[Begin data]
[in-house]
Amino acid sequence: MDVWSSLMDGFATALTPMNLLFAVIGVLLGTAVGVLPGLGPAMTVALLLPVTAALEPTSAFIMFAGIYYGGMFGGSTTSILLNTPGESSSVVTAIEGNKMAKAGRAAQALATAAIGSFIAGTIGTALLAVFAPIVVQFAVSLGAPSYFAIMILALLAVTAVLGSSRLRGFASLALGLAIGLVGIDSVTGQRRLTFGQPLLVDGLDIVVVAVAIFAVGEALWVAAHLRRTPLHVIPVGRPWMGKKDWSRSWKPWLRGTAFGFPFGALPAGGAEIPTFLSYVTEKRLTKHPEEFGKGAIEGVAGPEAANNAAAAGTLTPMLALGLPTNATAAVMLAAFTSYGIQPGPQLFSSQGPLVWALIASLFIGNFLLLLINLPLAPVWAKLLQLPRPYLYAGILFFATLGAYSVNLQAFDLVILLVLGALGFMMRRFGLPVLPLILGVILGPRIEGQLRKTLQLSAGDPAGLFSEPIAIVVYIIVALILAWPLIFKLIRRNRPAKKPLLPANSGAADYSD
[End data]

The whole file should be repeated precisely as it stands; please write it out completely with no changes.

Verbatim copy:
[in-house]
Amino acid sequence: MDVWSSLMDGFATALTPMNLLFAVIGVLLGTAVGVLPGLGPAMTVALLLPVTAALEPTSAFIMFAGIYYGGMFGGSTTSILLNTPGESSSVVTAIEGNKMAKAGRAAQALATAAIGSFIAGTIGTALLAVFAPIVVQFAVSLGAPSYFAIMILALLAVTAVLGSSRLRGFASLALGLAIGLVGIDSVTGQRRLTFGQPLLVDGLDIVVVAVAIFAVGEALWVAAHLRRTPLHVIPVGRPWMGKKDWSRSWKPWLRGTAFGFPFGALPAGGAEIPTFLSYVTEKRLTKHPEEFGKGAIEGVAGPEAANNAAAAGTLTPMLALGLPTNATAAVMLAAFTSYGIQPGPQLFSSQGPLVWALIASLFIGNFLLLLINLPLAPVWAKLLQLPRPYLYAGILFFATLGAYSVNLQAFDLVILLVLGALGFMMRRFGLPVLPLILGVILGPRIEGQLRKTLQLSAGDPAGLFSEPIAIVVYIIVALILAWPLIFKLIRRNRPAKKPLLPANSGAADYSD